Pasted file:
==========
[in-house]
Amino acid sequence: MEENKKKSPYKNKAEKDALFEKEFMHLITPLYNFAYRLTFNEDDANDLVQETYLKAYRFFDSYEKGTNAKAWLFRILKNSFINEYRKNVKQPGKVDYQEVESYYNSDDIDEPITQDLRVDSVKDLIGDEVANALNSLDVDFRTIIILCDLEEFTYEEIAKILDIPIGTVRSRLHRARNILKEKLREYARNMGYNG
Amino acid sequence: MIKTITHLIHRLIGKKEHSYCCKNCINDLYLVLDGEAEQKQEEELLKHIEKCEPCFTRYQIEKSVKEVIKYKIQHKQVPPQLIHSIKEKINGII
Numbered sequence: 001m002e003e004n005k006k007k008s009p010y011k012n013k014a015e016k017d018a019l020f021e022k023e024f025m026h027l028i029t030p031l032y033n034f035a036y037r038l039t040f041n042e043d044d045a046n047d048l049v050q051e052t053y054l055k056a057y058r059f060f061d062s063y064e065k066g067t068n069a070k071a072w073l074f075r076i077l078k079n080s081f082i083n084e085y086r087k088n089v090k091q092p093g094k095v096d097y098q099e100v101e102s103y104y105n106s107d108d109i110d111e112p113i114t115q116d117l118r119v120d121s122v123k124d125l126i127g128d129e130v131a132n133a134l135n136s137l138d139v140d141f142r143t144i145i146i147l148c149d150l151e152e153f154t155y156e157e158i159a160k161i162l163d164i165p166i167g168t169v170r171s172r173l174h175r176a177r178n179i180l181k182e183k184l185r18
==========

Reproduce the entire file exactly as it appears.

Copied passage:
[in-house]
Amino acid sequence: MEENKKKSPYKNKAEKDALFEKEFMHLITPLYNFAYRLTFNEDDANDLVQETYLKAYRFFDSYEKGTNAKAWLFRILKNSFINEYRKNVKQPGKVDYQEVESYYNSDDIDEPITQDLRVDSVKDLIGDEVANALNSLDVDFRTIIILCDLEEFTYEEIAKILDIPIGTVRSRLHRARNILKEKLREYARNMGYNG
Amino acid sequence: MIKTITHLIHRLIGKKEHSYCCKNCINDLYLVLDGEAEQKQEEELLKHIEKCEPCFTRYQIEKSVKEVIKYKIQHKQVPPQLIHSIKEKINGII
Numbered sequence: 001m002e003e004n005k006k007k008s009p010y011k012n013k014a015e016k017d018a019l020f021e022k023e024f025m026h027l028i029t030p031l032y033n034f035a036y037r038l039t040f041n042e043d044d045a046n047d048l049v050q051e052t053y054l055k056a057y058r059f060f061d062s063y064e065k066g067t068n069a070k071a072w073l074f075r076i077l078k079n080s081f082i083n084e085y086r087k088n089v090k091q092p093g094k095v096d097y098q099e100v101e102s103y104y105n106s107d108d109i110d111e112p113i114t115q116d117l118r119v120d121s122v123k124d125l126i127g128d129e130v131a132n133a134l135n136s137l138d139v140d141f142r143t144i145i146i147l148c149d150l151e152e153f154t155y156e157e158i159a160k161i162l163d164i165p166i167g168t169v170r171s172r173l174h175r176a177r178n179i180l181k182e183k184l185r18